Where is her Real Mommy?

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Where is her real mommy?

I knew questions like this would come but it still caught me off guard. The three year old girl didn’t ask me directly; it was a question for her mom who was telling me later—and perhaps also asking. We’re loose acquaintances so she doesn’t know our story. That mom had suggested to her daughter that she ask Alianna. I told her Ali wouldn’t know how to answer that question. I left it at that. I could have said so much more and I’ve been mulling over what I should have or could have said for hours now.

The question bothers me partly because of the word real. Anyone who knows about adoption etiquette knows that’s a buzz word. I’m her real mom. Her biological mom is her real mom. Neither of us is fake or pretend. We’ve both very real and we’ve both very mom. Alianna is my real daughter and we’re a real family. It also bothers me a bit that this mother and daughter discussed the possible reasons for Ali’s adoption… “Maybe her real mom was sick.” The answer to this question is too complicated for a three year old and too personal for a loose acquaintance.

I’m pretty gracious with adoption questions and I don’t expect everyone to have the right words to use. However, the reason this poorly-worded, intrusive question made me sick to my stomach was the thought of a three year old peer asking it to my two year old daughter. Ali is confident and out-going but she would have no idea how to answer this question in 2.5 year old terms. I hate to think that it would give her a moment of panic… Is my mom not real? Is she not my real mom? Is she lost?

The three year old girl must be observing that often families match skin and hair colors. (Or has someone pointed it out to her?) We were in a fairly diverse setting but apparently transracial families and adoptive families are not common in her circles. I asked Ali later if she’s noticed that we don’t look alike—that she has brown skin and black curly hair and mommy has lighter skin—I stopped myself there because the look she was giving me said, No kidding. Why would or should we look alike?  I might as well have been asking if she’s noticed the sky is blue and the grass is green. Then I realized that adoptive and transracial families are very common in our lives. It’s probably never crossed her might that we “should” look alike. There is nothing unusual about her family from her perspective at this point in her life.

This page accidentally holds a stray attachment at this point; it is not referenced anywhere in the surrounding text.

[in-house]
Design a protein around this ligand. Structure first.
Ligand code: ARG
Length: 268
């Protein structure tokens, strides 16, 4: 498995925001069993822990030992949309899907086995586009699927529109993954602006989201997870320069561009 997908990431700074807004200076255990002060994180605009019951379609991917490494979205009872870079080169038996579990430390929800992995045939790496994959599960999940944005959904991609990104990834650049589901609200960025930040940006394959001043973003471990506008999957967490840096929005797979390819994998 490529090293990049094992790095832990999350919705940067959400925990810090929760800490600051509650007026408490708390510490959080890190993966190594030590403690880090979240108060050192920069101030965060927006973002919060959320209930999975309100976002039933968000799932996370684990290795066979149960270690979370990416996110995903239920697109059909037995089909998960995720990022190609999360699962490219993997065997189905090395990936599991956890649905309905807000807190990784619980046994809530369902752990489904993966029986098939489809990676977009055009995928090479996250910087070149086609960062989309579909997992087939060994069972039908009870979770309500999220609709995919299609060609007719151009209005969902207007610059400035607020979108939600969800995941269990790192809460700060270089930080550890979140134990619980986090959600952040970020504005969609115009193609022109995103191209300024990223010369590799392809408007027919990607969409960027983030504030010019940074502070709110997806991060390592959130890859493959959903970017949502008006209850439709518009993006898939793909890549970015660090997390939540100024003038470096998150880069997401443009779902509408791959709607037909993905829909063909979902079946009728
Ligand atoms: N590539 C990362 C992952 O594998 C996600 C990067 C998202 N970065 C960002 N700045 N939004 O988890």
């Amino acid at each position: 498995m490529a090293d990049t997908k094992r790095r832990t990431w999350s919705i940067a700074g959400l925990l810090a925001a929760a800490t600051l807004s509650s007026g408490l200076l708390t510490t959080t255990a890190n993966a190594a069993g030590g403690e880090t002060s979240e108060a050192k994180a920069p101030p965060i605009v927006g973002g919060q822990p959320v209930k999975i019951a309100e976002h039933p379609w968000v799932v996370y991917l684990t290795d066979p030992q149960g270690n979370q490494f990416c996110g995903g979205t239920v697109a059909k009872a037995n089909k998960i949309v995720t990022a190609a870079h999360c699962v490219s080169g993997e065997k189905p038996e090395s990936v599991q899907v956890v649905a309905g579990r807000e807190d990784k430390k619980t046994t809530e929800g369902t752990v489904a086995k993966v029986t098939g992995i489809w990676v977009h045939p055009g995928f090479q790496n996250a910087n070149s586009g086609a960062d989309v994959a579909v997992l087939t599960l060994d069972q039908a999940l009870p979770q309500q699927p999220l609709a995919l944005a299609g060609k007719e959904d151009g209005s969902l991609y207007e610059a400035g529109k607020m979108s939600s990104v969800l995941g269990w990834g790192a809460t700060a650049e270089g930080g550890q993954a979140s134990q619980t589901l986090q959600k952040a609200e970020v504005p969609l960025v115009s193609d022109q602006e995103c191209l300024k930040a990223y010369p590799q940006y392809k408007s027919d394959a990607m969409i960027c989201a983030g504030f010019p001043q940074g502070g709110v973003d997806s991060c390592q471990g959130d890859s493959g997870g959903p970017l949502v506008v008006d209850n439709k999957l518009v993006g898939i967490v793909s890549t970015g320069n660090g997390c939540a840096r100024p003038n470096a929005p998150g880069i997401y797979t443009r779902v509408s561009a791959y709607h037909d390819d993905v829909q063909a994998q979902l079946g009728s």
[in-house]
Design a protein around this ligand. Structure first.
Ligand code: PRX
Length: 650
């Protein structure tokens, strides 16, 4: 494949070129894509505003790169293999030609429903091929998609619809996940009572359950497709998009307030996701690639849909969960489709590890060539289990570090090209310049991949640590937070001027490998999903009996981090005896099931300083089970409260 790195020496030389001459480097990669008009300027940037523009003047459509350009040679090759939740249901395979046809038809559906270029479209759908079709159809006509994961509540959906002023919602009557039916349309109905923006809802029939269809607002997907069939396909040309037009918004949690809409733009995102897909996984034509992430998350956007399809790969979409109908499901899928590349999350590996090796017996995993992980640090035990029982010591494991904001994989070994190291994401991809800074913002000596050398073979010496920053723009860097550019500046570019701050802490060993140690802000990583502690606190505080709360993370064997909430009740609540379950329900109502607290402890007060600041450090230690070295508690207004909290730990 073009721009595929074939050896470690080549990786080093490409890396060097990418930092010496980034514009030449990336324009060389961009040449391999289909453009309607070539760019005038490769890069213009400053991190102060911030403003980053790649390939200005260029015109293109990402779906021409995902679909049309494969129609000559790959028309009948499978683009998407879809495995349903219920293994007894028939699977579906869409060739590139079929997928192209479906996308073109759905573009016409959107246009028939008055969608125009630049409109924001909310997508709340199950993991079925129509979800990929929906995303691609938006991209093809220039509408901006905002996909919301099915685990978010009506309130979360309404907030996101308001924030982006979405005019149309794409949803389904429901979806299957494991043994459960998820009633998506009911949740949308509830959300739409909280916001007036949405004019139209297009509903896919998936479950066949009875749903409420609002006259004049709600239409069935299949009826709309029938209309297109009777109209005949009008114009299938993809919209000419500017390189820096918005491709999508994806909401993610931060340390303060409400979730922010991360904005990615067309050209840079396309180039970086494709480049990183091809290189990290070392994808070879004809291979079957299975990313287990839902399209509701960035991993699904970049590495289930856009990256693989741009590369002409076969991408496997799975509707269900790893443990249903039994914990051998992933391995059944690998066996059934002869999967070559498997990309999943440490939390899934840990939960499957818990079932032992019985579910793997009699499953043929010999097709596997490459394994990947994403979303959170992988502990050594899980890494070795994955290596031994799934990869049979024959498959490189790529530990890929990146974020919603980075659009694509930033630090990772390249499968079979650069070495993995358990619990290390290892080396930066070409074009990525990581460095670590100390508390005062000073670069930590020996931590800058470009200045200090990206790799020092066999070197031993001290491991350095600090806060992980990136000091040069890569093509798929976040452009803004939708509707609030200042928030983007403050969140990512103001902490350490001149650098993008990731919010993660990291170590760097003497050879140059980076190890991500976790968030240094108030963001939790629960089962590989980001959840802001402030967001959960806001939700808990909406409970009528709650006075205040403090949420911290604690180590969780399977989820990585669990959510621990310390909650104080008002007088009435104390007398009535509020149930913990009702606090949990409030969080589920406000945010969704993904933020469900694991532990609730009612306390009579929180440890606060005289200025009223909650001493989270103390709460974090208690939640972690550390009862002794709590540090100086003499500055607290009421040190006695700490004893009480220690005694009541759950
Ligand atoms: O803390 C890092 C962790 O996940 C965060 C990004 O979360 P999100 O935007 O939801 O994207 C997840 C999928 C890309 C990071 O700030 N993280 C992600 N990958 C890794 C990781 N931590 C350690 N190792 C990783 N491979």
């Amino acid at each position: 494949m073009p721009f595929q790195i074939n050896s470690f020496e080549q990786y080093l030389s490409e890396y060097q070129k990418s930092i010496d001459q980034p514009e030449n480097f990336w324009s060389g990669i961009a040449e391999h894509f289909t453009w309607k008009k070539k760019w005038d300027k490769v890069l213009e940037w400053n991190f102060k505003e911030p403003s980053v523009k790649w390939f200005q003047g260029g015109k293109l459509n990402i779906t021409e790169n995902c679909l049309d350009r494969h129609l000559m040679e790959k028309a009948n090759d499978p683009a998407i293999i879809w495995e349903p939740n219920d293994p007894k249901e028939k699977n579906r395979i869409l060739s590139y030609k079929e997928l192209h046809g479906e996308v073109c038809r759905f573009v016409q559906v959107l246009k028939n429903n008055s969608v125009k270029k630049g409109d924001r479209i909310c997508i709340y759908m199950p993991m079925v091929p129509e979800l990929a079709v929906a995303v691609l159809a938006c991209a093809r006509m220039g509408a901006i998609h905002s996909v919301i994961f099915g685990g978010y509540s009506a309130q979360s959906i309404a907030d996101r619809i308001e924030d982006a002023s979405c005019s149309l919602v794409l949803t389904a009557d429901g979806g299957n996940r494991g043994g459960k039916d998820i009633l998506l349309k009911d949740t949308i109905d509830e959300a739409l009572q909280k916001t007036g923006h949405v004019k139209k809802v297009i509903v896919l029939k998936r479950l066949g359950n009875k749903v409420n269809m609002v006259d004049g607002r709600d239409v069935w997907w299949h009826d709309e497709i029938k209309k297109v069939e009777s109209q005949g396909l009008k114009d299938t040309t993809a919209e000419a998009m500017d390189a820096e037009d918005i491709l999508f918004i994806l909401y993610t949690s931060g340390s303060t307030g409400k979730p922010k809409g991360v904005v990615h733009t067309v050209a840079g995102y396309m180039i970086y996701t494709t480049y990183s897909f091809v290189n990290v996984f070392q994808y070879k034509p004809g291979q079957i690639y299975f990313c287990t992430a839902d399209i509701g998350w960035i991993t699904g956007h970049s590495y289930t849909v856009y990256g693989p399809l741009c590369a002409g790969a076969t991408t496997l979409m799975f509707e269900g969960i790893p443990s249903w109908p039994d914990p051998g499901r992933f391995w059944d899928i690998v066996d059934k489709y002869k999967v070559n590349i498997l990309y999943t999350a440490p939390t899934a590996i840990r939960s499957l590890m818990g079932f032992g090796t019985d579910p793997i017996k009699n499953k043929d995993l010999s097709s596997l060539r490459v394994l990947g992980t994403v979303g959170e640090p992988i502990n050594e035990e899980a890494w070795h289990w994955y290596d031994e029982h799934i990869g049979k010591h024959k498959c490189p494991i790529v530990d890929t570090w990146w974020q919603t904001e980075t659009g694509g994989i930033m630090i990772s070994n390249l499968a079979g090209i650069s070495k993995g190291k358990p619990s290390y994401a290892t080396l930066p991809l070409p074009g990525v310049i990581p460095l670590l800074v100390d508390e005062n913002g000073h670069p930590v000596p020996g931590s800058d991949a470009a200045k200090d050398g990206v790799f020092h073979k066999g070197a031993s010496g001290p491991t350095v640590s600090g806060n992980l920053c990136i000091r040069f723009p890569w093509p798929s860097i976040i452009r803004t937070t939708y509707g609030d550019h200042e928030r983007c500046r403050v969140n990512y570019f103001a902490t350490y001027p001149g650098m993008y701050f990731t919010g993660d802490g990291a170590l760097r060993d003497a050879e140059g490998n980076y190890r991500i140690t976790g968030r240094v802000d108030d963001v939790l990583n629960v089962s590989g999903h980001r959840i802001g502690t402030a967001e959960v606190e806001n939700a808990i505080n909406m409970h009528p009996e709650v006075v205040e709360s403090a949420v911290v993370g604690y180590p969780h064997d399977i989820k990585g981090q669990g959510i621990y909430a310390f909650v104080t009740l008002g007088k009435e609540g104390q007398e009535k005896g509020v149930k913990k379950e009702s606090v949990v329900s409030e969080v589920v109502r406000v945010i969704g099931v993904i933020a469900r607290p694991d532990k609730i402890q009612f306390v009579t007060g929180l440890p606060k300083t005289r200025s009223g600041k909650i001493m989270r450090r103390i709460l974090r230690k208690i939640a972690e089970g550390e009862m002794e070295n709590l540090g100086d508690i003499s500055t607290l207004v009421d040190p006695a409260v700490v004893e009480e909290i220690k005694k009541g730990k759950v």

Since I’ve been over-analyzing this conversation, I’ve come up with a response for this three year old girl in preschool terms. Here it goes:

I am Ali’s real mommy. She had a different mommy before me. She grew in her first mommy’s tummy. Her birth mommy loved Ali very much but she wasn’t able to take care of her so some helpers found Ali new parents—us. We adopted Ali into our family and we’ve been her parents ever since.

If she wants to know why her birth mom couldn’t take care of her: She was dealing with some really big grown-up problems and she needed to learn how to take better care of herself.

If she wants to know who the helpers were: They’re social workers who work for agencies—Child Protective Services and the Department of Childrens Services—that watch out for kids to make sure that they’re safe and their needs are met.

If she wants to know what adoption is: It’s when a judge decrees that we’re a real, official family—real parents and a real child—forever and ever.

If she wants to know where her birth mom is now: I don’t know for sure. She still lives in Nashville but we don’t see her very often.

(Picture at the top is Alianna with her birth mommy—her other real mommy. Blurred for her privacy.)

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4 Responses to Where is her Real Mommy?

  1. lifeat807 says:

    I LOVE this! Our son also has darker skin that we do and I know we’ll get questions as he gets older. Thanks for such an honest approach. I shared with my FB friends. :)

  2. mamma says:

    I have mixed children and my oldest is 17. He is a foot taller than me and obviously our skin doesn’t match and I have blonde hair that is straight and he has brown curly long hair. I had him at 16 so I am young and I know that makes people question things but every time I take him to the doctor we are asked where his parents are. I tell them that I am his mother and they look at me as if I just told them I am Michael Jordan!! He doesn’t look like me and he looks like he could be my boyfriend but I promise you….he is my son. I never think about it as a color difference though and reading your blog made me think that maybe that is why they are asking me questions!?!? I don’t think in color….I think in love!! In your situation, I would just tell them that you are her real mom….you sure aren’t fake!!! Ali looks like she is mixed to me and if that is the case, either one of you could be her bio parents!!! Don’t let someone’s poor wording (no matter their age) make you question anything….you are her REAL mom….you are her mom no matter what!!

  3. Great answer to a challenging question. My two daughters look A LOT like me. Still when it’s discovered they’re adopted questions come about their “real” mom. I’m always caught off guard and quickly respond, “I am their real mom.” It’s more for my girls than the questioner.

  4. Instant Mama says:

    I love what Mamma said. Your answers are great and fine, but sometimes, especially with kids, you don’t have to even go there! Of course, sometimes it is nice to bring up adoption even if you don’t have to, just to expose the world to it a little more. You know my thoughts on the “real” thing – I’m their real mom, and it doesn’t get any more real than this! They are my real kids – trust me, there’s nothing fake about them!

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